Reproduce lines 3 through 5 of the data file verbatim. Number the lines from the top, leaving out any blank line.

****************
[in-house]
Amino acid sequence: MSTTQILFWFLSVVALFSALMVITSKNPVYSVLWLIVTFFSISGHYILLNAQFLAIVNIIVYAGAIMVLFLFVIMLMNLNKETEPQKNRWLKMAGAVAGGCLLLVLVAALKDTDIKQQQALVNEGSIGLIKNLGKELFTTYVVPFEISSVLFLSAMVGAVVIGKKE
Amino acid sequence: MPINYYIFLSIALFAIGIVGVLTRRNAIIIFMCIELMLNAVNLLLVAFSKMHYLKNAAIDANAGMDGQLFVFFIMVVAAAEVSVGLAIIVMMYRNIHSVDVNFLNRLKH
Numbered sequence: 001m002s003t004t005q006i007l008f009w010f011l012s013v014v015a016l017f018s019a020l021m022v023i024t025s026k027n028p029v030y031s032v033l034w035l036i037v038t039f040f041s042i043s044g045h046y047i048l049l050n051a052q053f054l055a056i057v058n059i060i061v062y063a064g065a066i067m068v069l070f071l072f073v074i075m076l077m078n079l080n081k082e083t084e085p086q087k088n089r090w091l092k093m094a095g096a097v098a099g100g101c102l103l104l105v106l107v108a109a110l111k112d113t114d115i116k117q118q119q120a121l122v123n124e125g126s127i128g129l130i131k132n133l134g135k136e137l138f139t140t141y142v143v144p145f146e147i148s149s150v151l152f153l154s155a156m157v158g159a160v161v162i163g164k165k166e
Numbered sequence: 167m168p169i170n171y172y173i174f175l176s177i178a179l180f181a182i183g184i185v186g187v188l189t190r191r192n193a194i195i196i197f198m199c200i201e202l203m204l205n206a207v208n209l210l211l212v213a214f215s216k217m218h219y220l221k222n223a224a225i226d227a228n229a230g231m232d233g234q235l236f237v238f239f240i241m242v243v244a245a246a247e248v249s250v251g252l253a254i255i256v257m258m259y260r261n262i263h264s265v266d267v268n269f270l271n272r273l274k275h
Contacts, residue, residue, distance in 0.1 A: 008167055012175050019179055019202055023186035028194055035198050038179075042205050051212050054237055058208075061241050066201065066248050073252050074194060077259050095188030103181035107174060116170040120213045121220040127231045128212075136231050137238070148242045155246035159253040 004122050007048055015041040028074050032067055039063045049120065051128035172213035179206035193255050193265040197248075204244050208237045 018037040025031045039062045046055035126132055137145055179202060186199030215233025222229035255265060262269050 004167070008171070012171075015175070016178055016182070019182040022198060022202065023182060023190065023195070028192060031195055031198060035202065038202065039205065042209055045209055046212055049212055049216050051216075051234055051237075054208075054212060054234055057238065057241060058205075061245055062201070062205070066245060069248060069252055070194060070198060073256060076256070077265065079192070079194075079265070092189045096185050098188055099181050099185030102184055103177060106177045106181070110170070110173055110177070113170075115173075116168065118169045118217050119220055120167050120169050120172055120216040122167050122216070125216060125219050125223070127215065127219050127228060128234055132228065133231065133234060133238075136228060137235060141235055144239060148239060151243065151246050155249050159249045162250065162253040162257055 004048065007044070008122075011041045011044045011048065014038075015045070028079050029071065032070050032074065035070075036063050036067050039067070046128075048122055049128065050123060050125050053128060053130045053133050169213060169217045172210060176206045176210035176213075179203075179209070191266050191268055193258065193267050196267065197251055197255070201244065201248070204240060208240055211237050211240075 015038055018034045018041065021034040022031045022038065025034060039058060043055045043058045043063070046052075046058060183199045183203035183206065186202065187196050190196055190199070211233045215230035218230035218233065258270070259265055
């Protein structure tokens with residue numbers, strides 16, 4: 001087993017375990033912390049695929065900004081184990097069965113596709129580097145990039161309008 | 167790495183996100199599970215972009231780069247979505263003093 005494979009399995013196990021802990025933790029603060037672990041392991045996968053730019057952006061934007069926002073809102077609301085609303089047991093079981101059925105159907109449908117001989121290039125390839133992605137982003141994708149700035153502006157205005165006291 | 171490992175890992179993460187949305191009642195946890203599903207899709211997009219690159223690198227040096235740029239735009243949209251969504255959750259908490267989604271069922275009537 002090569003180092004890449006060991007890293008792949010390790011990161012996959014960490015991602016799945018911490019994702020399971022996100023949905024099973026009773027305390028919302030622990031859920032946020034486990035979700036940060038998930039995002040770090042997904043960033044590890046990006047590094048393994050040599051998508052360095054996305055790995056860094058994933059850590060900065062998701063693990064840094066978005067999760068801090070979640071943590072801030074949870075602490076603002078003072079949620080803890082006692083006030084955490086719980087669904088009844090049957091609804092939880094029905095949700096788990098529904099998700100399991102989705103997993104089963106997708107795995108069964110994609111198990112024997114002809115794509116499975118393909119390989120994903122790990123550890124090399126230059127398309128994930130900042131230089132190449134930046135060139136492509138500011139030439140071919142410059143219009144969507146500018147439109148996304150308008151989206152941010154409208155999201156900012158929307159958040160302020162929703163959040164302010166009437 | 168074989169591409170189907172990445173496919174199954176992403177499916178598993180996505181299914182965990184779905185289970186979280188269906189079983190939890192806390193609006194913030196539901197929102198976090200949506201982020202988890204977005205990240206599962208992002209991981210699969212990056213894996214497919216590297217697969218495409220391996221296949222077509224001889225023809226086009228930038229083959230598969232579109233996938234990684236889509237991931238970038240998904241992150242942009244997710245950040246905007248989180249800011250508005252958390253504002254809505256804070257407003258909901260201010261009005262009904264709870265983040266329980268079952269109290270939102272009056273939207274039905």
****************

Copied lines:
Amino acid sequence: MPINYYIFLSIALFAIGIVGVLTRRNAIIIFMCIELMLNAVNLLLVAFSKMHYLKNAAIDANAGMDGQLFVFFIMVVAAAEVSVGLAIIVMMYRNIHSVDVNFLNRLKH
Numbered sequence: 001m002s003t004t005q006i007l008f009w010f011l012s013v014v015a016l017f018s019a020l021m022v023i024t025s026k027n028p029v030y031s032v033l034w035l036i037v038t039f040f041s042i043s044g045h046y047i048l049l050n051a052q053f054l055a056i057v058n059i060i061v062y063a064g065a066i067m068v069l070f071l072f073v074i075m076l077m078n079l080n081k082e083t084e085p086q087k088n089r090w091l092k093m094a095g096a097v098a099g100g101c102l103l104l105v106l107v108a109a110l111k112d113t114d115i116k117q118q119q120a121l122v123n124e125g126s127i128g129l130i131k132n133l134g135k136e137l138f139t140t141y142v143v144p145f146e147i148s149s150v151l152f153l154s155a156m157v158g159a160v161v162i163g164k165k166e
Numbered sequence: 167m168p169i170n171y172y173i174f175l176s177i178a179l180f181a182i183g184i185v186g187v188l189t190r191r192n193a194i195i196i197f198m199c200i201e202l203m204l205n206a207v208n209l210l211l212v213a214f215s216k217m218h219y220l221k222n223a224a225i226d227a228n229a230g231m232d233g234q235l236f237v238f239f240i241m242v243v244a245a246a247e248v249s250v251g252l253a254i255i256v257m258m259y260r261n262i263h264s265v266d267v268n269f270l271n272r273l274k275h